Sleep Hygiene & Your Recovery
When was the last time you slept for longer than seven consecutive hours?
If you can’t remember, then this is the post for you. Most adults need anywhere from seven to nine hours of uninterrupted sleep. During that period of time, the body recharges. Scientists do not know exactly how this recharge happens, but they do know this: that sleep supports cognitive function; the ability to physically react and respond to stimuli; moods; the immune system; and our general feelings of well-being. If we don’t get that refresher each night, we slow down our reaction time, we sabotage our patience and willpower reserves, we undermine our immune functions, and, frankly, we feel like crap.
Quite a lot, actually.
Substances like drugs and alcohol not only create dependence, but they can also rob us of sleep.
Drugs and alcohol tamper with the four stages of sleep, so that even if it feels like they help you fall asleep, they prevent you from getting the full cycle of sleep you need.
Alcohol, for example, can cause sleepiness. However, going to sleep with alcohol in the system makes it difficult for the body to extract the full benefits of sleep because it’s so busy trying to counteract the more toxic effects that alcohol has on the organs. Someone suffering from alcohol use disorder regularly compromises their sleep; if that person enters recovery, they will likely be in a state of sleep deprivation from their time spent in active addiction.
Sobriety requires a day-to-day basis of conscious action and discipline. This takes energy, patience, and a sound psychological base to build upon. Poor sleep diminishes all of these resources. If we’re tired, we can’t put in the extra effort. If we don’t put in that extra work, we become frustrated. Increasing frustration can intensify cravings and deplete our resources for dealing with them.
Daily Life Tips
A healthy sobriety requires a commitment to getting good rest and getting it consistently. We offer below some tips for developing good sleep hygiene in your daily life.
1. Stick to a routine.
Structure is good. Routines don’t have to be boring, and going to bed every night at a similar time is an excellent first step in training your body to crave sleep at the same time every day. Tip: opt for a realistic time to hit the hay based on your schedule.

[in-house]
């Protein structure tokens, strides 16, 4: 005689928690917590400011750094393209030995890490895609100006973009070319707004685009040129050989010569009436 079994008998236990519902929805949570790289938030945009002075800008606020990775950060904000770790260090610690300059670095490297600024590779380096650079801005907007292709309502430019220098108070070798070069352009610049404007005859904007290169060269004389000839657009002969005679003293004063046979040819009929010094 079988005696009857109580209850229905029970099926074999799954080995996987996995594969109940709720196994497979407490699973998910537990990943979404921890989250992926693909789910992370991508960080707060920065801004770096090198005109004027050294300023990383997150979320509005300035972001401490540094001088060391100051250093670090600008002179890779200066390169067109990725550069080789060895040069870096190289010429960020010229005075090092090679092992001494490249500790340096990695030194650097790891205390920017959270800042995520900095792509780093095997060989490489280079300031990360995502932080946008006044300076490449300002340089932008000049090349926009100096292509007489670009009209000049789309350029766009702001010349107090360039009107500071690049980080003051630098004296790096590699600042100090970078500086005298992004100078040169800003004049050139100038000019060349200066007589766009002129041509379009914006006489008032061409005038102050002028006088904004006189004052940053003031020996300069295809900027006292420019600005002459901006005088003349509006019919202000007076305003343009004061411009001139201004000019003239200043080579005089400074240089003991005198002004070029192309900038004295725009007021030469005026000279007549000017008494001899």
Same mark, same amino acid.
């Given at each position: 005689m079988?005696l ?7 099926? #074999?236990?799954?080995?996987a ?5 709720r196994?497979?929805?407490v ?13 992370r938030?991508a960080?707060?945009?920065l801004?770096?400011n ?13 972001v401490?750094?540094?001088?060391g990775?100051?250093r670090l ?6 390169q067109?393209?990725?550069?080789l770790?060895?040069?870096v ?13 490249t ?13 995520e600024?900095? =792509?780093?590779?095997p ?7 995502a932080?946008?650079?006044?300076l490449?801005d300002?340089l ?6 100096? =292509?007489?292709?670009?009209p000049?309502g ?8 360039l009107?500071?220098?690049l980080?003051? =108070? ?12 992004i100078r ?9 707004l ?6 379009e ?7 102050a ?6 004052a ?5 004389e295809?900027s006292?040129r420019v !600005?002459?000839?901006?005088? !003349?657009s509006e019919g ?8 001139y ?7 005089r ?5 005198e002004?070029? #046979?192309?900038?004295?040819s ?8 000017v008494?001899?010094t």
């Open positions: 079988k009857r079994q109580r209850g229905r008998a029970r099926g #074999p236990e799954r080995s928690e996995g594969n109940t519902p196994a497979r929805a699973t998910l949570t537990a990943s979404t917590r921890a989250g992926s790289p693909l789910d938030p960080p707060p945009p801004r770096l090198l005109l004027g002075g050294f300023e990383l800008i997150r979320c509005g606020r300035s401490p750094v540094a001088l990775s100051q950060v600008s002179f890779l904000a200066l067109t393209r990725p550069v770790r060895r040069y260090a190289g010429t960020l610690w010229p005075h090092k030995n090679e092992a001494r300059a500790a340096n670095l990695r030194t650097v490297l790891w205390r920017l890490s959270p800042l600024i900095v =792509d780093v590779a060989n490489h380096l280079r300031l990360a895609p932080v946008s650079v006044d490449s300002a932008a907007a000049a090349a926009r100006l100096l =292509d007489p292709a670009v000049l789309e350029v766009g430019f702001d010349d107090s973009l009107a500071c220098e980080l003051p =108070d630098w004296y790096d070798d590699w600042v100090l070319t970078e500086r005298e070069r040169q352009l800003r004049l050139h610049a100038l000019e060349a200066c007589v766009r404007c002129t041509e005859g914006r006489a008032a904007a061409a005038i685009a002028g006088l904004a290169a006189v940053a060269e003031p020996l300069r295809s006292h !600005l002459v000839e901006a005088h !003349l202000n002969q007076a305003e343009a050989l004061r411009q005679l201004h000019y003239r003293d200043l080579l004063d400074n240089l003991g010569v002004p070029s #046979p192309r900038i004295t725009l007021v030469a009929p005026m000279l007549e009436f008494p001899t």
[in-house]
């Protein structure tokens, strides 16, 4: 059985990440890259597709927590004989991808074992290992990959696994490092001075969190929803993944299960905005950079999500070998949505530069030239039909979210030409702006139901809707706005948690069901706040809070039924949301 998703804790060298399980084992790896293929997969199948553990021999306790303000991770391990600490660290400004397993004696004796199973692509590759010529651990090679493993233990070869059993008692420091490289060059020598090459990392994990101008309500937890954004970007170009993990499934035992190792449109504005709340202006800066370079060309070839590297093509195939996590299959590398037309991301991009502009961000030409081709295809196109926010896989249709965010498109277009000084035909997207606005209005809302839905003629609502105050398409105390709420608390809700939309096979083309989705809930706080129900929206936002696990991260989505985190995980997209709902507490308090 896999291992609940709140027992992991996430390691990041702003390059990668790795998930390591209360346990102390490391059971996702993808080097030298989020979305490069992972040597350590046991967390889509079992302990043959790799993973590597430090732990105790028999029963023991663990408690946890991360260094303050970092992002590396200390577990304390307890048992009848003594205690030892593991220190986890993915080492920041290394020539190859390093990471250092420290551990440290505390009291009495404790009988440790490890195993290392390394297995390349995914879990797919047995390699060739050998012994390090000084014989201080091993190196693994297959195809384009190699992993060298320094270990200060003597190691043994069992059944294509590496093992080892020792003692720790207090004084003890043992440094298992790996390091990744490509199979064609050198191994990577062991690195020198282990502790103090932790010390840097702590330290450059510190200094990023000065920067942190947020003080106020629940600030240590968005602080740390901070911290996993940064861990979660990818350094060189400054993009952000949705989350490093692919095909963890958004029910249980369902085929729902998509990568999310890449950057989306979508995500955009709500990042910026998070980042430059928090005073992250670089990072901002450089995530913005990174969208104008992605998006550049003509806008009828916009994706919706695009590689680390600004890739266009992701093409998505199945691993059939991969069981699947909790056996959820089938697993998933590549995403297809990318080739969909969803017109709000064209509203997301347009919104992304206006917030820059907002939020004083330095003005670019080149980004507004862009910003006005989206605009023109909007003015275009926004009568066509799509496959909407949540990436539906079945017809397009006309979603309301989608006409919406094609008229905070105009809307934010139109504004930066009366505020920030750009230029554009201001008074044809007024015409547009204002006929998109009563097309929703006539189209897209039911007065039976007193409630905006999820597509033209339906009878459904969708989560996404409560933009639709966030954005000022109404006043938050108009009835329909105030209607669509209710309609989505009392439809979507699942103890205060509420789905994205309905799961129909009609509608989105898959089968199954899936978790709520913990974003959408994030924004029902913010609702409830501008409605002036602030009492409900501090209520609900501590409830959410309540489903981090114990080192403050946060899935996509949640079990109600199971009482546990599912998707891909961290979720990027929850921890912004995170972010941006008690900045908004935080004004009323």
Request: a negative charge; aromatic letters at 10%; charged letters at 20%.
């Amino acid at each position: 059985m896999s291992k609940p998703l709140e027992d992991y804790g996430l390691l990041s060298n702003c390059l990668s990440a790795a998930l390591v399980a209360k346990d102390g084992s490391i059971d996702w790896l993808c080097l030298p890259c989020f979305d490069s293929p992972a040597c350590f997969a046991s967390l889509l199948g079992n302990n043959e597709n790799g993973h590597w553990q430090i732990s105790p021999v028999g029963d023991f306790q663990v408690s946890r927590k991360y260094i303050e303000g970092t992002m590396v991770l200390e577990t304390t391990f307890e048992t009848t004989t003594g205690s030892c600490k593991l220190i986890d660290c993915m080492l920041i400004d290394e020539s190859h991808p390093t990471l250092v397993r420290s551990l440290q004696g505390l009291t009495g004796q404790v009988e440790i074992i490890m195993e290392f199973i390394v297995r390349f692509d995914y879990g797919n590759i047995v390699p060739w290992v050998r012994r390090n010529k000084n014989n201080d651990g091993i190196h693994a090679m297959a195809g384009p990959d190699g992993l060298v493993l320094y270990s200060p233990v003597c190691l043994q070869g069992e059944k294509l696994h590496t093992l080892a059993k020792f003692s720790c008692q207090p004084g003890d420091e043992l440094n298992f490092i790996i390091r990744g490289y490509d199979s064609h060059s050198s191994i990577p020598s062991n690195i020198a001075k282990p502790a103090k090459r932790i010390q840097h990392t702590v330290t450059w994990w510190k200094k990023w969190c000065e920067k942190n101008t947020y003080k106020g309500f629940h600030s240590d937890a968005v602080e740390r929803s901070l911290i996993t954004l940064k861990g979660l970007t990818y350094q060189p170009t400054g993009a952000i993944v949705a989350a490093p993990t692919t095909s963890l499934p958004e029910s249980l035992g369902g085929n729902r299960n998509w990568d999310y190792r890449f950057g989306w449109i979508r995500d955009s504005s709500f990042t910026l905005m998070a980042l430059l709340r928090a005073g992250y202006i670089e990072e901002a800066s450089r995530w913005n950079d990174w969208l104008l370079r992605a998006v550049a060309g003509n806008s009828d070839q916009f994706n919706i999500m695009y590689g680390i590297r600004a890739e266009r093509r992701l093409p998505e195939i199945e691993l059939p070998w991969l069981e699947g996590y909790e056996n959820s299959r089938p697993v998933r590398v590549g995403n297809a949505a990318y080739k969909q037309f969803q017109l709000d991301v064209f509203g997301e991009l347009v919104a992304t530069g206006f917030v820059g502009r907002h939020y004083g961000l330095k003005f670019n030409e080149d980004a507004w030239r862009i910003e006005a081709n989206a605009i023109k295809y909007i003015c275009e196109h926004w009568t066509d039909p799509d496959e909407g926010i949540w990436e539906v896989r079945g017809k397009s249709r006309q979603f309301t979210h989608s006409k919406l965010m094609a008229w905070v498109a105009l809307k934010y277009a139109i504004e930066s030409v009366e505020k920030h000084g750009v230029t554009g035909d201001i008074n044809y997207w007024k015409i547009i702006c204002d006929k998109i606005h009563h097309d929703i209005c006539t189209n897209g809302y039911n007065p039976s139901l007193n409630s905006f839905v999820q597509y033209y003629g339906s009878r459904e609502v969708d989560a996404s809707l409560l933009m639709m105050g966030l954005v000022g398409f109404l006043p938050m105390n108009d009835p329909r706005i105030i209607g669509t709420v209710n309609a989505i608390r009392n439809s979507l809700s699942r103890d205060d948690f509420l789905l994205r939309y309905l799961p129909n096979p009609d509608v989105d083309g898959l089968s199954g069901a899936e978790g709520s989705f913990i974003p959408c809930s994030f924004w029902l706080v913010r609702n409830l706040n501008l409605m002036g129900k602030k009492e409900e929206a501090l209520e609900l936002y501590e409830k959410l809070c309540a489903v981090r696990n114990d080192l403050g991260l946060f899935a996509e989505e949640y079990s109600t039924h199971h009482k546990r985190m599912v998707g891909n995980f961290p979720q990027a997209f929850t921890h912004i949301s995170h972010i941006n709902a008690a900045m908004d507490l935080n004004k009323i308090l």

2. Keep cool–or toasty.
It can only benefit you to sleep at a comfortable temperature. For most people, that’s anywhere between 68 and 72 degrees. When possible, set your thermostat accordingly.
3. Count sheep, not nights of uncomfortable sleep.
You have every right to spoil yourself with bedding and a mattress that makes you feel comfortable and supported at night! If you can afford it, take the time to mattress shop to find the bed that works the best for you.
4. Dim the lights, please.
Our bodies are sensitive to light. It’s natural for us to feel alert in sunlight and drowsy in darkness. Do yourself a favor and sleep in the dark. Keep the bedroom as dark as possible with blinds and/or curtains and no nightlights.
5. Decrease that screen time.
Light that comes from your phone, tablet, or television counts as light, even if the rest of the room is dark. In addition to keeping the space bright, screens amp up the brain. It’s like confusing espresso for sleepytime tea.
6. Exercise during the morning or daytime hours.
It’s not always possible, but strive to work out with the sun. If your schedule won’t allow it, try to exercise at least four to five hours before settling down to sleep. Daily exercise during the day facilitates a sense of calm, comfort, and drowsiness when you’re ready to go to bed.
We Can Help Your Sleep Hygiene
Focusing on just one or two of these steps has the potential to change your sleep pattern and thus the extent to which you enjoy your journey through recovery. If you’re feeling exhausted by recovery or by a substance use habit, St. Gregory Recovery Center is here to help. We can help you start your recovery or reassess your recovery plan so that it works better for you. We’ll help you learn how to structure your daytime and nighttime in a way that supports your long-term well-being.